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Year : 2013  |  Volume : 79  |  Issue : 1  |  Page : 59--64

Matched case-control study to examine association of psoriasis and migratory glossitis in India

Department of Dermatology and Venereology, Institute of Medical Sciences, Banaras Hindu University, Varanasi, India

Correspondence Address:
Sanjay Singh
C-23, Swastik Towers, Lanka, Varanasi-221 005
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Source of Support: None, Conflict of Interest: None

DOI: 10.4103/0378-6323.104670

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Background: Psoriasis is a multifactorial disease. Genetic and environmental factors, which determine the disease epidemiology and clinical spectrum, are heterogeneous in different populations. A few case-control studies from other countries have shown an association between psoriasis and migratory glossitis (MG). The characteristics of the association (e.g. relationship with gender, severity of psoriasis, early- versus late-onset psoriasis, etc.) have not been clearly defined. Aim: To investigate the association of psoriasis and MG by conducting a matched case-control study in India. Methods: The study was conducted on 600 patients with psoriasis and 800 age- and sex-matched controls. Patients were examined for oral lesions and psoriasis severity was assessed by overall severity index (OSI) and psoriasis area and severity index (PASI). We compared the proportions of patients and controls with oral lesions, proportions of male and female patients who had MG, psoriasis severity scores of patients with or without MG, and proportions of early- and late-onset psoriasis patients who had MG. Results: Significantly, more patients had oral lesions than controls (P=0.0013). There was a strong association between psoriasis and MG (P<0.0001). MG and fissured tongue (FT) occurring in the same patient were also strongly associated with psoriasis (P=0.0003). There was a weak association of psoriasis with FT (P=0.0456). Significantly, higher proportion of male patients had MG compared to female patients (P=0.0246). Patients with MG had more severe psoriasis compared to those without the tongue lesions (P<0.0001). Similar proportions of patients with type 1 and type 2 psoriasis had MG (P=0.7268). Conclusions: The results suggest that MG is a rare manifestation of psoriasis which occurs more commonly in male patients and in those with severe disease, and that it occurs with equal frequency in early- and late-onset psoriasis. It will be interesting to follow those patients who have MG, but not psoriasis, to see whether they develop psoriasis phenotype in future.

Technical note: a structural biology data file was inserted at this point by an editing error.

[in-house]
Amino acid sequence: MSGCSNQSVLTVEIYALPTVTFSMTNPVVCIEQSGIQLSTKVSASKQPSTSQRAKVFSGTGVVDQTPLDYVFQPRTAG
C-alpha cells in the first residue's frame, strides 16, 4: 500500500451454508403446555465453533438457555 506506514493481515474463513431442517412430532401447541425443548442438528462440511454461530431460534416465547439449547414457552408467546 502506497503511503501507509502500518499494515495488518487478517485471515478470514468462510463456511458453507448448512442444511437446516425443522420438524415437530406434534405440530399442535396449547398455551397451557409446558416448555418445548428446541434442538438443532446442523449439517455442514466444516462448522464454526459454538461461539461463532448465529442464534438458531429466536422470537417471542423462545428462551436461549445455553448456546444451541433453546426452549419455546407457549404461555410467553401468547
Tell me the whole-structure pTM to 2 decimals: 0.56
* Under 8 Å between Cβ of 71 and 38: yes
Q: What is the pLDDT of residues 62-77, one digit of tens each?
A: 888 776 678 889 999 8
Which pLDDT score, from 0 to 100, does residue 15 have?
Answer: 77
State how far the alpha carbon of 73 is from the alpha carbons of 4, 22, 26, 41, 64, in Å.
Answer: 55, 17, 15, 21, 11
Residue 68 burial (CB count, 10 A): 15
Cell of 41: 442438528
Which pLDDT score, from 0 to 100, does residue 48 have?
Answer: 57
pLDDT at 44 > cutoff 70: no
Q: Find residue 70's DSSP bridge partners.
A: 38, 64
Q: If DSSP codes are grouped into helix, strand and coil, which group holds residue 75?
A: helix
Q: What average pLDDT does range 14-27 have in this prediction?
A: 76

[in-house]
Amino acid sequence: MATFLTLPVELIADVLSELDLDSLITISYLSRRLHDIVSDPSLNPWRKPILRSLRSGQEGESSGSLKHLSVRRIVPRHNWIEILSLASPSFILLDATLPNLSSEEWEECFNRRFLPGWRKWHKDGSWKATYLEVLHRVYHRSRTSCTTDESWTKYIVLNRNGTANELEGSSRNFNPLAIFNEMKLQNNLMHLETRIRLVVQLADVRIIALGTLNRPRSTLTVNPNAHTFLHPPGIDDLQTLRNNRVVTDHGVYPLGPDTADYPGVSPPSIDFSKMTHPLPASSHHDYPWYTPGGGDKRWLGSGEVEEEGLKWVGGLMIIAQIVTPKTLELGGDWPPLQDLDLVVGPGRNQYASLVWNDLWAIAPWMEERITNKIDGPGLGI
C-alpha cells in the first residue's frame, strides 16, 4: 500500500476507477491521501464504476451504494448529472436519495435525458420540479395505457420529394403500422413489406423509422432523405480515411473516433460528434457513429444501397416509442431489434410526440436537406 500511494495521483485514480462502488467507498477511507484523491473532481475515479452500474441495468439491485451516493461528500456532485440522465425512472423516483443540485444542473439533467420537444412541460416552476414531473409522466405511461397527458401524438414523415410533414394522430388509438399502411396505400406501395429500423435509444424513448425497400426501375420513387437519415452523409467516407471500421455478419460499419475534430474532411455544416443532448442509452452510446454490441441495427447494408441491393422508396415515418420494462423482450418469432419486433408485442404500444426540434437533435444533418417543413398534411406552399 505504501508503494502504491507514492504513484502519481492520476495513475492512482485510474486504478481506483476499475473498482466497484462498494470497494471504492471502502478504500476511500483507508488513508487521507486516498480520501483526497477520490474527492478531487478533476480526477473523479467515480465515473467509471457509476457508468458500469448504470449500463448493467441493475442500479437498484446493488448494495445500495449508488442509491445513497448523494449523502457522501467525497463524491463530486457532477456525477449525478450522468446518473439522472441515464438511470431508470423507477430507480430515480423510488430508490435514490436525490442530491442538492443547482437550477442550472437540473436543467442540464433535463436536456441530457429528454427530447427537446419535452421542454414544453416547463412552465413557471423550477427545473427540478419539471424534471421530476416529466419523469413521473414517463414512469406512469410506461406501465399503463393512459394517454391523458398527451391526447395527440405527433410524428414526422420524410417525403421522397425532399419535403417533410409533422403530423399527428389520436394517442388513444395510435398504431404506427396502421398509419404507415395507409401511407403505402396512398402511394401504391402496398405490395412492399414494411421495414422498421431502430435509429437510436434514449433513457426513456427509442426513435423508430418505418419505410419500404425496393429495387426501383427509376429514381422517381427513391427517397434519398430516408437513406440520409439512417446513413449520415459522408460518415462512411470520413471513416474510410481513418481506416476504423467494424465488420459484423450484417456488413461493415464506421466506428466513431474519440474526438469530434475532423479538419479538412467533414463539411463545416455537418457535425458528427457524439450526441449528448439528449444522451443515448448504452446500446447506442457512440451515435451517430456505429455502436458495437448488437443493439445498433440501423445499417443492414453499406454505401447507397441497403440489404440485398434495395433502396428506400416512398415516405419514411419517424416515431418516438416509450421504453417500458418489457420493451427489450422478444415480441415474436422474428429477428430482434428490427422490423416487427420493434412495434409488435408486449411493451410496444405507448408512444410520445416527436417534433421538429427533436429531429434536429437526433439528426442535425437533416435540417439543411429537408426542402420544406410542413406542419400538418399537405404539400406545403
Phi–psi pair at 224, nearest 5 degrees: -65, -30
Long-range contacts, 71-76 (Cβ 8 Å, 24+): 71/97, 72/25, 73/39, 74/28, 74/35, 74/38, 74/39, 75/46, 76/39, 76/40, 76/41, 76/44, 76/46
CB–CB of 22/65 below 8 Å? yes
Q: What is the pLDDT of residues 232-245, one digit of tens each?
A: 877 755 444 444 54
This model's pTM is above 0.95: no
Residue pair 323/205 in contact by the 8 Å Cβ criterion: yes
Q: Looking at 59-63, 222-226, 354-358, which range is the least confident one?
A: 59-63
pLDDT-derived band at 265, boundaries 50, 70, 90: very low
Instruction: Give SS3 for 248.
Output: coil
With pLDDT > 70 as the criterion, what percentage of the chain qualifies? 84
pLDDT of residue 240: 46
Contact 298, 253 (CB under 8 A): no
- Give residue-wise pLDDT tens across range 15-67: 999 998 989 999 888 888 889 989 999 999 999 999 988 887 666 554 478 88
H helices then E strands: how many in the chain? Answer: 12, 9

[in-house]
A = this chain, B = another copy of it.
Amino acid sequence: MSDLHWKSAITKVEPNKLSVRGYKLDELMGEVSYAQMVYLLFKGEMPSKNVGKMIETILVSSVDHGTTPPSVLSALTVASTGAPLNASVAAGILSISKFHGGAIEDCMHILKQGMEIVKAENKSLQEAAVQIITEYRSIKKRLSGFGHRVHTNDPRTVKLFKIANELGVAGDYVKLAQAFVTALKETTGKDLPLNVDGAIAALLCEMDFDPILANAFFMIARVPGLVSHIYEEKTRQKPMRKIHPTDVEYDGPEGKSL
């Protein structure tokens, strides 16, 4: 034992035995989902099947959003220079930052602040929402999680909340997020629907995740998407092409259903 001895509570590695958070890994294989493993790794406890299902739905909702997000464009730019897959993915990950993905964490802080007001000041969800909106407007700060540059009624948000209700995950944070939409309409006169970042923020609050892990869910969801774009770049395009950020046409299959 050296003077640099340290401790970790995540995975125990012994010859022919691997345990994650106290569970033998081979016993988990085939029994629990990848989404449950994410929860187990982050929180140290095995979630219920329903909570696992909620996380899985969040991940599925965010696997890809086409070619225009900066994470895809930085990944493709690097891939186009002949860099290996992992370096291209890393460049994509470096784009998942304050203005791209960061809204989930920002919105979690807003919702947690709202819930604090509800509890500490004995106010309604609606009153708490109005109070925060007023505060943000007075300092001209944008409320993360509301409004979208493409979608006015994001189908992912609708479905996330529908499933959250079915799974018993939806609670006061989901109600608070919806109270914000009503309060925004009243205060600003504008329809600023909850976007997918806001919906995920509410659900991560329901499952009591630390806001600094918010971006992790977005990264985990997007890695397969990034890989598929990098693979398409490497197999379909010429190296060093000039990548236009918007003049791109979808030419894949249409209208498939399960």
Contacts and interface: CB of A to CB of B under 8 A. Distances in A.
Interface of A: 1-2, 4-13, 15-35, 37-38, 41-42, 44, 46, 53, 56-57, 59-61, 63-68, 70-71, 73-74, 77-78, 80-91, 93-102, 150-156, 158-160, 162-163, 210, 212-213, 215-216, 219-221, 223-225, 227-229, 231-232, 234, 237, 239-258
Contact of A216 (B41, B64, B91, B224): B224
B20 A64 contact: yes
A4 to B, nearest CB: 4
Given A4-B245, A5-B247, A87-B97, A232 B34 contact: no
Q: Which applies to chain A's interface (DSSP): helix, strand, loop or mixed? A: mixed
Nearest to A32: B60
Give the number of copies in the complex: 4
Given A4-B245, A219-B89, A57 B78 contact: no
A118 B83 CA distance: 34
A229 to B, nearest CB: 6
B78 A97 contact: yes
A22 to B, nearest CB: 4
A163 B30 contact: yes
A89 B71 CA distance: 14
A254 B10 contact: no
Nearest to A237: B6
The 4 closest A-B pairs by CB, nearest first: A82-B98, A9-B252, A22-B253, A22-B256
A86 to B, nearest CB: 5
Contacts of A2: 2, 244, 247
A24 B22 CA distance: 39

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Online since 15th March '04
Published by Wolters Kluwer - Medknow